“Siddhartha was buried by the hydraulic pressure of debt”

The founder of Coffee Day Enterprises Ltd (CDEL), the late VG Siddhartha, has slipped into financial quicksand after repeatedly borrowing funds at very high cost, charming banks and private equity firms with his flamboyance. He pledged personal assets, including those of his family members, and hit a tipping point after failing to find an investor to save his business, an investigation report filed with the board reveals. administration of the company.

The 15-page summary of the report seen by
Activity area has several details about the various transactions carried out by Siddhartha which were not detailed in the report submitted to the exchanges on July 24. The latter had stated that Mysore Amalgamated Coffee Estates Ltd, an entity owned by Siddhartha, owes ₹3,535 crore to CDEL subsidiaries.

The full report traces his entire investment journey highlighting that the auditors raised no red flags in their report. “The silence of each watchdog who refused to bark encouraged him to continue his ‘business model’, while silencing all his critics (sic), both within the company and outside. ‘outside’, the report points out.

Debt-driven model

Virtually all personal property of Siddhartha or members of his immediate family had been pledged to facilitate borrowing. To repay each loan taken from private equity investors promising them higher returns, he resorted to new borrowing creating a pyramid of debt. The report pointed out that he had created a debt-driven model to finance his businesses and when the value of the shares, or the value of the business, did not exceed the interest charges, “Siddhartha began to sink. deeper into the proverbial quicksand only to end up being buried by the hydraulic pressure of debt and his own promises. In retrospect, Siddhartha was the hero and villain of the play,” the report states.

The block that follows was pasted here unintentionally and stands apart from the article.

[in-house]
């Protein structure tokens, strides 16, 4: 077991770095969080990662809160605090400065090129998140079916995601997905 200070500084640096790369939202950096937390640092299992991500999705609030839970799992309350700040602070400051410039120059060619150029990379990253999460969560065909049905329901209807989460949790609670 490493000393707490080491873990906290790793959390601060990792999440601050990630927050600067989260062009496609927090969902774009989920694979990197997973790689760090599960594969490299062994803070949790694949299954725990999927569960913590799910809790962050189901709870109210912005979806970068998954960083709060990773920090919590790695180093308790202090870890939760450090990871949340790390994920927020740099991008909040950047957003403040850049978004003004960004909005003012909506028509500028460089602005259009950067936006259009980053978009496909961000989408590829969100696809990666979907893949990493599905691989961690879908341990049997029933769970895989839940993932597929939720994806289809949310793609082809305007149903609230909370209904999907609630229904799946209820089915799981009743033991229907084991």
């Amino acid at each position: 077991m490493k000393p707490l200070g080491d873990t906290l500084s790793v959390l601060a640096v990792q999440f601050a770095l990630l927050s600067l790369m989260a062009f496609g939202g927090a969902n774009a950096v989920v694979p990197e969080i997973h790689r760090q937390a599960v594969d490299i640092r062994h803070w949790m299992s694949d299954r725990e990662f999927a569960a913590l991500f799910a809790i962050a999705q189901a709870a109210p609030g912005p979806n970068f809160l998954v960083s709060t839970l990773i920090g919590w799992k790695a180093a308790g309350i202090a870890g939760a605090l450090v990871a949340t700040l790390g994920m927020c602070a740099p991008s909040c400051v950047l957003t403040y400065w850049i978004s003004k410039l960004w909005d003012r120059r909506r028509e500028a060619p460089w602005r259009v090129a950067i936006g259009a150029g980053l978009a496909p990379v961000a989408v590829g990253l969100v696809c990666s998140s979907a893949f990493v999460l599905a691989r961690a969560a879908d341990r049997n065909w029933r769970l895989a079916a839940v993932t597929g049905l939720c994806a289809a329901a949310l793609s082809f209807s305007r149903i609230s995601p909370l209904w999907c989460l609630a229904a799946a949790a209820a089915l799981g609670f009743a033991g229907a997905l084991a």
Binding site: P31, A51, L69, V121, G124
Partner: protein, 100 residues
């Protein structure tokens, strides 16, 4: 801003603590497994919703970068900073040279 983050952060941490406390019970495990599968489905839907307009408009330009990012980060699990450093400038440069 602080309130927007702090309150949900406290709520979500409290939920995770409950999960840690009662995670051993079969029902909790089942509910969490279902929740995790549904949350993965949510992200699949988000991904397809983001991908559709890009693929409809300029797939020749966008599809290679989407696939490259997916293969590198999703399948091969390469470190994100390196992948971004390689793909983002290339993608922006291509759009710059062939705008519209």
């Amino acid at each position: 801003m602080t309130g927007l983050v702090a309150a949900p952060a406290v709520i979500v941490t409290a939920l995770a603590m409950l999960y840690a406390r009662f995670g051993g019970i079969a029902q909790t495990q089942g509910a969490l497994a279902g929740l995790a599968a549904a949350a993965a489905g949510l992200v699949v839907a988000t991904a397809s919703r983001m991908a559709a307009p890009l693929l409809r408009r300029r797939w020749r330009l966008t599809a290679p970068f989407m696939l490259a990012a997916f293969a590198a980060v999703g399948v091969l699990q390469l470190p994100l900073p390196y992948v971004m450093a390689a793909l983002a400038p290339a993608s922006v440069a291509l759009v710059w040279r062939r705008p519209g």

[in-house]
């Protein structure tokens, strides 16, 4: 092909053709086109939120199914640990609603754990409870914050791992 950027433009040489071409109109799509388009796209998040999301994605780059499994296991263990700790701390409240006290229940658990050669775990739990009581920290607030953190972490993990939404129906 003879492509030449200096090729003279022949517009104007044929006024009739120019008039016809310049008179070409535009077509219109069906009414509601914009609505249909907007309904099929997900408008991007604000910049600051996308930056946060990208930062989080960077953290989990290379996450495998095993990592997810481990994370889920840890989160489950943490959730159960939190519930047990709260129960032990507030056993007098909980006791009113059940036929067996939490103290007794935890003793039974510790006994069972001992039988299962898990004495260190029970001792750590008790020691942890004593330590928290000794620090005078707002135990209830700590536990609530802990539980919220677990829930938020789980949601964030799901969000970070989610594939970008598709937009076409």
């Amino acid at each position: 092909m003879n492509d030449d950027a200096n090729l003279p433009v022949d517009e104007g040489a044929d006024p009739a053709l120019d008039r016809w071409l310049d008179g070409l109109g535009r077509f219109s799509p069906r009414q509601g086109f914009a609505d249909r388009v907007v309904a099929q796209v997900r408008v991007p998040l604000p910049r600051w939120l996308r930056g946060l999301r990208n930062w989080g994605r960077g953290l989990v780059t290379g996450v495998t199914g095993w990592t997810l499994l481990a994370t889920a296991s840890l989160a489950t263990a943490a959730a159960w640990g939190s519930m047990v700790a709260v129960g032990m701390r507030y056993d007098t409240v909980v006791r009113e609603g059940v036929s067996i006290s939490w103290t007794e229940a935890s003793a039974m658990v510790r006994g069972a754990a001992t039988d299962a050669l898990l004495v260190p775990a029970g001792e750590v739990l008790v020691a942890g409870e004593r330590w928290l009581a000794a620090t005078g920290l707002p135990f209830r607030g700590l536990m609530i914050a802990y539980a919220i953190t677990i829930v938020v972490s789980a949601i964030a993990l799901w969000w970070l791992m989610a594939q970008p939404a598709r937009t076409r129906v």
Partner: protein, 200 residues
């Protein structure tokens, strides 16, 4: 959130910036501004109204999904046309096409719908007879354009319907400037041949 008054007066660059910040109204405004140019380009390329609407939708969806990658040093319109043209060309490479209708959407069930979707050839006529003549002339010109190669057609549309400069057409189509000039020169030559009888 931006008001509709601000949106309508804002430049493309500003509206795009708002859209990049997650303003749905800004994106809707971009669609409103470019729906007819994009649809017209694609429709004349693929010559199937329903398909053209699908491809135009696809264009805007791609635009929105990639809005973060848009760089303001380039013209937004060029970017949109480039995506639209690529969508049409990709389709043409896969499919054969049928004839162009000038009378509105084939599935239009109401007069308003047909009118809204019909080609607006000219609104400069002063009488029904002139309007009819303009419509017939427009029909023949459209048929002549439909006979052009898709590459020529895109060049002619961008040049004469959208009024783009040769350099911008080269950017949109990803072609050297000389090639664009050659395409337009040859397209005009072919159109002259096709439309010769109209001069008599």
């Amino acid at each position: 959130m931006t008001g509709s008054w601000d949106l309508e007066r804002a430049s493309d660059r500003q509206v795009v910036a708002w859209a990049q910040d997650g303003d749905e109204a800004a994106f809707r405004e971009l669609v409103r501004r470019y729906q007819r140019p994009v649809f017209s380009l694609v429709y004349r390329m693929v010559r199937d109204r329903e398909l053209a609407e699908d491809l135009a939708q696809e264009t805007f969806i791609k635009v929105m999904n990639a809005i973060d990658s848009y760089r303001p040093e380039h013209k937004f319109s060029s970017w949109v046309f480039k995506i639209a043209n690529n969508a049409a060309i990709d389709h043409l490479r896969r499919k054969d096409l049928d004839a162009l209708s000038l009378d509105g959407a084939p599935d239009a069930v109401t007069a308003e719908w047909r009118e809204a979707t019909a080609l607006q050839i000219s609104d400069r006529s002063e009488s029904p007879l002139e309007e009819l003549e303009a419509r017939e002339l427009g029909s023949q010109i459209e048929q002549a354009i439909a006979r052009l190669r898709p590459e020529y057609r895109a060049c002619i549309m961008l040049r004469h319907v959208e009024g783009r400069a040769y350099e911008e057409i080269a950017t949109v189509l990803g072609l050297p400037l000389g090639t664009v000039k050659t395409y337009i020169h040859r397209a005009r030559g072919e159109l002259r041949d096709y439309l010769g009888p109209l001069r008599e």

In August last year, following Siddhartha’s untimely death, the Coffee Day Enterprises Board of Directors commissioned an investigation under Ashok Malhotra, Retired DIG, CBI to investigate the veracity and claims made in an alleged letter left by the founder.

The report states that Siddhartha hoped an investor would value his company to its full potential and buy his holdings and in the process bail him out, but unfortunately for him he could not find such investors. Prior to Siddhartha’s death, media reported that a soft drink major wanted to buy his restaurant chain, Cafe Coffee Day, for around $1 billion. But the talks reportedly broke down at the last minute.

Higher interest rates

With little or no capital, the late founder borrowed at exorbitant interest rates of up to 18-20% per annum and sometimes even more, “investing in businesses in the hope that the returns from his businesses would not only pay the interest but also pay him for his (other) businesses. However, the proverbial knight in shining armor never came and Siddhartha paid the ultimate price for his own decisions, according to the report.

Siddhartha had provided a personal guarantee and mortgaged his personal assets as security for the loan taken by Coffee Day Enterprises and its subsidiaries totaling ₹5,245.73 crore.

The summary also pointed out that whenever any of the board members asked about his dealings, Siddhartha would charm his way by citing the business model of other companies. “Most importantly, Siddhartha’s commanding personality effectively eclipsed everyone else on the board who was charmed by him into believing rather than questioning his business model.”

The investigative report said Siddhartha had structured the company and its subsidiaries so that everyone worked in strict silos. He had created several finance teams that operated within strict Chinese walls, each largely unaware of what the other was doing. “This structuring, while perfectly legal, was fatal to the very idea of ​​internal control and internal checks,” the report said.

Siddhartha owned several companies that were not part of the CDEL, but large sums of money flowed between them and back, making it impossible for anyone within the subsidiaries to monitor the flow of funds. Siddhartha was the sole commander when it came to deploying raised funds within the company or its subsidiaries. “By this, Siddhartha ensured that he and he alone knew the true financial situation of the company and its subsidiaries,” the report said.

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